Watch the September 14 webinar recording, which includes a special presentation on "Climate, Air Quality, and Health."
Register here for the October 12 Southeast Monthly Climate Webinar, including a presentation on "Hourly Precipitation Trends in the Southeast."
- Tropical Activity: The active tropical storm season continues in the Atlantic with a number of tropical storms (Fred, Kate, Julian, Mindy, Nicholas) and hurricanes (Grace, Henri, Ida, Larry, Nicholas) this past month. Several of these, in particular Fred, Ida, and Mindy, had direct impacts across the Southeast region. The 2021 Atlantic hurricane season ends on November 30.
- ENSO Status: A La Niña Watch is currently in effect, and a transition from ENSO-neutral conditions to La Niña is favored in the next couple of months. This may lead to warmer and drier conditions going into the winter.
- Drought: Abnormally dry (D0) conditions exist in Virginia, North Carolina, and South Carolina, with moderate drought (D1) in in the U.S. Caribbean (Puerto Rico, parts of the Virgin Islands). Drought removal is likely, depending on tropical activity.
- Water Resources and Flooding: Streamflows remain above normal across parts of Mississippi, Alabama, Georgia, and north Florida. The potential for river flooding is higher across western sections of the region due to current above-normal streamflow conditions.
- Agriculture Impacts: Recent tropical systems caused limited impacts on the Southeast. However, rain has slowed some fieldwork, Ida affected transportation, and wet conditions have increased fungal disease pressure.
- Past month’s temperatures: Temperatures were above average for Virginia, North Carolina, and Puerto Rico, and near average for rest of Southeast region.
- Past month’s precipitation: Precipitation was variable due to summer thunderstorms and tropical systems, with mostly above-average precipitation to the west and below-average to the east.
- Summer season: The Southeast saw above-average precipitation and near-average mean temperatures, with below-average maximum temperatures and above average minimum temperatures.
- Tropical Storms: Fred, Kate, Julian, Mindy
- Hurricanes: Grace, Henri, Ida, Larry, Nicholas
- La Niña Watch: A transition from ENSO-neutral conditions to La Niña is favored in the next couple of months, with a 70%–80% chance of La Niña in the Northern Hemisphere during the winter season of 2021–22.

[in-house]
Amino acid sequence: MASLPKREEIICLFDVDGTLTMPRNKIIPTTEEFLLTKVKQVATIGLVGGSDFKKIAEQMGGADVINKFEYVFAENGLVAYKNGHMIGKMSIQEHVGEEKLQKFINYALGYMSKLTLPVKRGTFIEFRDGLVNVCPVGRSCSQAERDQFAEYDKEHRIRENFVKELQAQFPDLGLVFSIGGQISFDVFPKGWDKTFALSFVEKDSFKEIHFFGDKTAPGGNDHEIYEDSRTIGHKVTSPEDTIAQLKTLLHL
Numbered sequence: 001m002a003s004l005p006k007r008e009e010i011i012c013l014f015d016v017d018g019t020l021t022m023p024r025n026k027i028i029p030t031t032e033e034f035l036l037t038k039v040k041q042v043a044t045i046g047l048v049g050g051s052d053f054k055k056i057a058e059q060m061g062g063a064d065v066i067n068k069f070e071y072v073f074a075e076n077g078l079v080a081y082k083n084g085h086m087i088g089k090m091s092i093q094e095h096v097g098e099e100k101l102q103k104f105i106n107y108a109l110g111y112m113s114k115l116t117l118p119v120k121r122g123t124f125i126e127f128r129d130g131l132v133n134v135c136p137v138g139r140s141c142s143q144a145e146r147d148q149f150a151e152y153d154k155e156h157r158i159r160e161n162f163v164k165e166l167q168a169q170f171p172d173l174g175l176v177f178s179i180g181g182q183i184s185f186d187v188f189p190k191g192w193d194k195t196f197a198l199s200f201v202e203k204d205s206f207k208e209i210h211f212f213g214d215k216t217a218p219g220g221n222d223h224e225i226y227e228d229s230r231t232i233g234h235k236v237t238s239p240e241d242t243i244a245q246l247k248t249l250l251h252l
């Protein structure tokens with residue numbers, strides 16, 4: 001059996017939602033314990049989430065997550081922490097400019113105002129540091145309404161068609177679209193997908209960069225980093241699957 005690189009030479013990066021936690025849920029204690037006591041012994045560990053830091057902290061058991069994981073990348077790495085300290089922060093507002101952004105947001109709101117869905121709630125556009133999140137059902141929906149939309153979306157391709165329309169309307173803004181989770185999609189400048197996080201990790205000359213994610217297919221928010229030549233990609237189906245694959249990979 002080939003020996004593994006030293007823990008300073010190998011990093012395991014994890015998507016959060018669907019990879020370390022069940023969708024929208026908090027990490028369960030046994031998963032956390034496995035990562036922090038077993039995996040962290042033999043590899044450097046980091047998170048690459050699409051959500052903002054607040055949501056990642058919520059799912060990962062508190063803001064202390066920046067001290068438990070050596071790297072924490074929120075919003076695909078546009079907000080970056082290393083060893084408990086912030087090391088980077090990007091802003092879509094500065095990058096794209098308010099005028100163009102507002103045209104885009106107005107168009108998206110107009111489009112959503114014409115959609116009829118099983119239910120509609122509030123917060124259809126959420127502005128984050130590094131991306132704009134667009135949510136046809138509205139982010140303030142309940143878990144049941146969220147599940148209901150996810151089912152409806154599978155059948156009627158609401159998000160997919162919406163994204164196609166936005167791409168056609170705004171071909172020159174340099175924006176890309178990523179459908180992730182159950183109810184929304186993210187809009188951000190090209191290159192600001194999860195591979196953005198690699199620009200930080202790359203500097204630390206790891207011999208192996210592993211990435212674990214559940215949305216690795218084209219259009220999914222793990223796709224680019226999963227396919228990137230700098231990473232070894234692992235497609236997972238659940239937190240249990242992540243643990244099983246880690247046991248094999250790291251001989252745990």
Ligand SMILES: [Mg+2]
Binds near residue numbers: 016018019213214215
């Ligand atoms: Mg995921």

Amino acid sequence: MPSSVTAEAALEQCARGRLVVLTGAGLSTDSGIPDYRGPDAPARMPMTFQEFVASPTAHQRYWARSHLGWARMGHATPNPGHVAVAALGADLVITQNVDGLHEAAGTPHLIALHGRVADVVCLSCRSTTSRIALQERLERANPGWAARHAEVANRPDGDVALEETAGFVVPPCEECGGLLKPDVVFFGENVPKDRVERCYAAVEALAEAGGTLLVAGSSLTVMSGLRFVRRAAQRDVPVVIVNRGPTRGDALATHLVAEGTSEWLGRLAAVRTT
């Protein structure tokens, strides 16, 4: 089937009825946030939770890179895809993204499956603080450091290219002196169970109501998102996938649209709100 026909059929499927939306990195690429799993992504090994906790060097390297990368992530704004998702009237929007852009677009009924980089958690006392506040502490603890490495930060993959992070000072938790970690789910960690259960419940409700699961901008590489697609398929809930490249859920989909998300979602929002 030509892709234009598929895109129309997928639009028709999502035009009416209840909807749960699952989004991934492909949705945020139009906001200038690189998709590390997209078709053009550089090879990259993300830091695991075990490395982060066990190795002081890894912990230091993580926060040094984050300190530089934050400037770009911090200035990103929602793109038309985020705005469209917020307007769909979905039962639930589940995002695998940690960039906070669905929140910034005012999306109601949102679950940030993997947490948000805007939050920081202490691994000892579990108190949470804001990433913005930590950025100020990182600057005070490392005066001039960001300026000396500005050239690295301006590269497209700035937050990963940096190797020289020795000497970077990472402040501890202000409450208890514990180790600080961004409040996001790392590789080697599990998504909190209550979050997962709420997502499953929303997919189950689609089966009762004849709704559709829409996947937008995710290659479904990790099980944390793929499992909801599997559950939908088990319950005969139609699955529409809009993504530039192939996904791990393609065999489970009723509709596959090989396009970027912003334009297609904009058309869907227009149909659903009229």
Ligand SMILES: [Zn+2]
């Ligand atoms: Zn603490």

What Happened: Southeast Temperature
What Happened: Southeast Precipitation
- Abnormally dry (D0) conditions exist in Virginia, North Carolina, South Carolina, and Puerto Rico, with moderate drought (D1) in southern Puerto Rico and parts of the Virgin Islands.
- Looking ahead: Drought removal is likely.
Water Resources and Flooding
- Above-normal streamflows continue across parts of Mississippi, Alabama, Georgia, and north Florida. Streamflows are normal elsewhere.
- Reservoirs across the Southeast are near target pools, and some are heading to winter pools for the early autumn.
- Water resources remain adequate across the Southeast.
- Looking ahead: River flood potential has a heightened risk across western sections of the region due to current above-normal streamflow conditions.
Current Conditions: River Flood Status
Looking Ahead: September–November Flood Outlook
Agriculture Impact and Outlook
- Tropical systems Fred, Ida, and Mindy caused limited impacts on Southeast. However, rain has slowed some fieldwork, and Ida affected grain transportation, affecting markets.
- Dry areas in central and western North Carolina and Virginia still persist, but there is no drought yet.
- Lots of disease pressure from fungal diseases, less from insect pests.
- Looking ahead: Farmers will have to watch for dry periods and tropical storms as conditions are still favorable for daily showers.
Looking Ahead: Climate Outlooks
- September 18–22: Odds favor warmer temperatures, with a probability of wetter conditions wherever the tropical moisture impacts the region.
- Next three months: It will likely be warm, with equal chances of warmer or cooler conditions in Alabama, and equal chances of wetter or drier conditions depending on where tropical activity impacts the region.
Temperature Outlook: September–November 2021
Precipitation Outlook: September–November 2021
Special Presentation: Climate, Air Quality, and Health
- Poor air quality can have a negative effect on health.
- There is a climate change—air quality—health connection.
- The State of Georgia Climate Office, in collaboration with Georgia Tech and the Alabama Department of Environmental Management, issues daily Ozone/PM2.5 forecasts for Atlanta, Columbus, and Macon.
- The Ambient Monitoring Program of Environmental Protection Division's Air Protection Branch consistently monitors atmospheric pollutants across the state and provides special analysis when needed.
- For more information, see:
- Sandra Rayne, Southeast Regional Climate Center
- Todd Hamill, National Weather Service Southeast River Forecast Center
- Pam Knox, University of Georgia
- Nyasha Dunkley, Georgia EPD and State Climate Office
- Meredith Muth, NOAA National Integrated Drought Information System
Relevant Regional Resources
- National Hurricane Center
- Graphical Tropical Weather Outlook
- National Hurricane Preparedness Week
- National Hurricane Center Facebook page
- National Hurricane Center Twitter page
- USDA Hurricane Preparation and Recovery Guides
- Georgia Resident’s Handbook to Prepare for Natural Hazards
State Climate Offices